Reid has based the events in this play around its own controversial book, The Illusion of Consent, written by a schoolgirl who recounts the story of her relationship with a male teacher. Following the book’s publication, the girl at its centre runs away and some fifteen or so years down the track, her whereabouts are still unknown. But when a copy of the book finds itself in Danny’s hands, its claim of a sexual relationship between a student and a teacher will become inextricably linked to a new claim of a similar nature, and the whereabouts of the book’s author, as well as the truth behind the book itself, will be revealed.
The specifics of this interconnectedness are contrived and unsurprising. Soon after beginning to read The Illusion of Consent, Danny suggests that he has been having a sexual relationship with one of his teachers. The teacher, unsurprisingly, is Ami. About this time, Danny recognises similarities in the voice of the narrator of the book with that of Ami and eventually of course, they are revealed to be one and the same. Also unsurprisingly, Danny’s claim about the nature of his relationship with Ami is finally revealed to be the product of his own creation of fiction, and a demonstration of irony, rather than the truth. One assumes that to a certain extent, this is also intended to be the point of the construction of Reid’s play, but given that the very scenarios presented in the play were not believable in the first place, in both senses this comes across as an empty proclamation.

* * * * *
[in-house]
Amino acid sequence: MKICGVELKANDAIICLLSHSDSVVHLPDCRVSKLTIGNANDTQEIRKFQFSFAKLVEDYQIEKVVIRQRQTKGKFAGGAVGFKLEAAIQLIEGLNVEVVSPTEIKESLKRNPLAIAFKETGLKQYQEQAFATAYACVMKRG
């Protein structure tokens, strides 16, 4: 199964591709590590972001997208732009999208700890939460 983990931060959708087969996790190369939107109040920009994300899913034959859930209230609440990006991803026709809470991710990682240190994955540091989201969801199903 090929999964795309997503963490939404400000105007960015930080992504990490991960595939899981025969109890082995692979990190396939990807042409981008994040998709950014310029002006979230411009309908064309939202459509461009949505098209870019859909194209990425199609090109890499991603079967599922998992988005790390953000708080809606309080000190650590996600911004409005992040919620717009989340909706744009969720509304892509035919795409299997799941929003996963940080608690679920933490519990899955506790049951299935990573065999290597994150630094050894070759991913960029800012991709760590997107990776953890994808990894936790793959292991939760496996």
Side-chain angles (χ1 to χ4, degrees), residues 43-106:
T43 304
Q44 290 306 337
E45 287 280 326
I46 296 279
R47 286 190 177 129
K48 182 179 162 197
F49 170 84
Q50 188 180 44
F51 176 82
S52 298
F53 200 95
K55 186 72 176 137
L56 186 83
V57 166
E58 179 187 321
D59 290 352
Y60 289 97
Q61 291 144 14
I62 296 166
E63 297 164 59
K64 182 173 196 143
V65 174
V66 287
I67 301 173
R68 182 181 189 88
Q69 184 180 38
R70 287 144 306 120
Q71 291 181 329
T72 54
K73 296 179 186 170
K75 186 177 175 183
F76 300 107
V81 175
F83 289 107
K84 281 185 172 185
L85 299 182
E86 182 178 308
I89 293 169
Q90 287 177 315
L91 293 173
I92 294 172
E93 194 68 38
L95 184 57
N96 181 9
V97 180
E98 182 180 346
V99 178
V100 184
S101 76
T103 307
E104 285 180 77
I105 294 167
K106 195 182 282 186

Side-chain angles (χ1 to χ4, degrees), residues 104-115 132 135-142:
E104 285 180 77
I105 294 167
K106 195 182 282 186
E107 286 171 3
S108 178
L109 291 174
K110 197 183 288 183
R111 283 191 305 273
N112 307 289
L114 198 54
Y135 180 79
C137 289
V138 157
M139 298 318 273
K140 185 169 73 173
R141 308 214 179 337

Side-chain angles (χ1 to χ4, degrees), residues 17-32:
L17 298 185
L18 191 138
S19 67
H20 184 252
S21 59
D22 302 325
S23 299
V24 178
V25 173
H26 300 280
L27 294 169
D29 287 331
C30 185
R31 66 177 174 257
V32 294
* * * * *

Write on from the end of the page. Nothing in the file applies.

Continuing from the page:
Director Aidan Fennessy has obviously told the actors to go to town, and with the characters that have been written there is little else that they can do. That said, Houghton and Siversen embody their characters whilst displaying subtlety where allowed to do so. Admittedly they have been given more to work with in their characters than Christinson and Bell, but their younger counterparts need to work on the delivery of their dialogue. Their stiltedness brings little credibility to the few more emotive or meaningful scenes in which they feature.
It is difficult to know what this play is actually hoping to achieve. It depicts stereotypical, unrecognisable characters, and highly unlikely coincidences. The complexities that really surround such issues as sexual assault and inappropriate relationships between teachers and students are not even mildly explored.